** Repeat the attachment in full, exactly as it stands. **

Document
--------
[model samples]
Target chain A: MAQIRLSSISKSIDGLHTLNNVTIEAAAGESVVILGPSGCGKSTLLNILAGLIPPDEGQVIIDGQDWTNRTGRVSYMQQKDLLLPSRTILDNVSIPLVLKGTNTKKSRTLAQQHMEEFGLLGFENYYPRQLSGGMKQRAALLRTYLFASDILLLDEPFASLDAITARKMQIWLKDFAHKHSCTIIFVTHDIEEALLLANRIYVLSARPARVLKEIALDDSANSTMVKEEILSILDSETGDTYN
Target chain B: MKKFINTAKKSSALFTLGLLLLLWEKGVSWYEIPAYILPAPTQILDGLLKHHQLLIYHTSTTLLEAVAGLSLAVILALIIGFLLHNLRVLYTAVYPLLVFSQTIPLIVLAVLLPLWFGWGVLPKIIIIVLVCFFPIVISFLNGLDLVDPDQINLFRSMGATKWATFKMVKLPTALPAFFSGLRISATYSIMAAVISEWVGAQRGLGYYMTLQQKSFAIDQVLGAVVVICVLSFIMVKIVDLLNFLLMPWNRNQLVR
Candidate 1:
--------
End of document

[model samples]
Target chain A: MAQIRLSSISKSIDGLHTLNNVTIEAAAGESVVILGPSGCGKSTLLNILAGLIPPDEGQVIIDGQDWTNRTGRVSYMQQKDLLLPSRTILDNVSIPLVLKGTNTKKSRTLAQQHMEEFGLLGFENYYPRQLSGGMKQRAALLRTYLFASDILLLDEPFASLDAITARKMQIWLKDFAHKHSCTIIFVTHDIEEALLLANRIYVLSARPARVLKEIALDDSANSTMVKEEILSILDSETGDTYN
Target chain B: MKKFINTAKKSSALFTLGLLLLLWEKGVSWYEIPAYILPAPTQILDGLLKHHQLLIYHTSTTLLEAVAGLSLAVILALIIGFLLHNLRVLYTAVYPLLVFSQTIPLIVLAVLLPLWFGWGVLPKIIIIVLVCFFPIVISFLNGLDLVDPDQINLFRSMGATKWATFKMVKLPTALPAFFSGLRISATYSIMAAVISEWVGAQRGLGYYMTLQQKSFAIDQVLGAVVVICVLSFIMVKIVDLLNFLLMPWNRNQLVR
Candidate 1: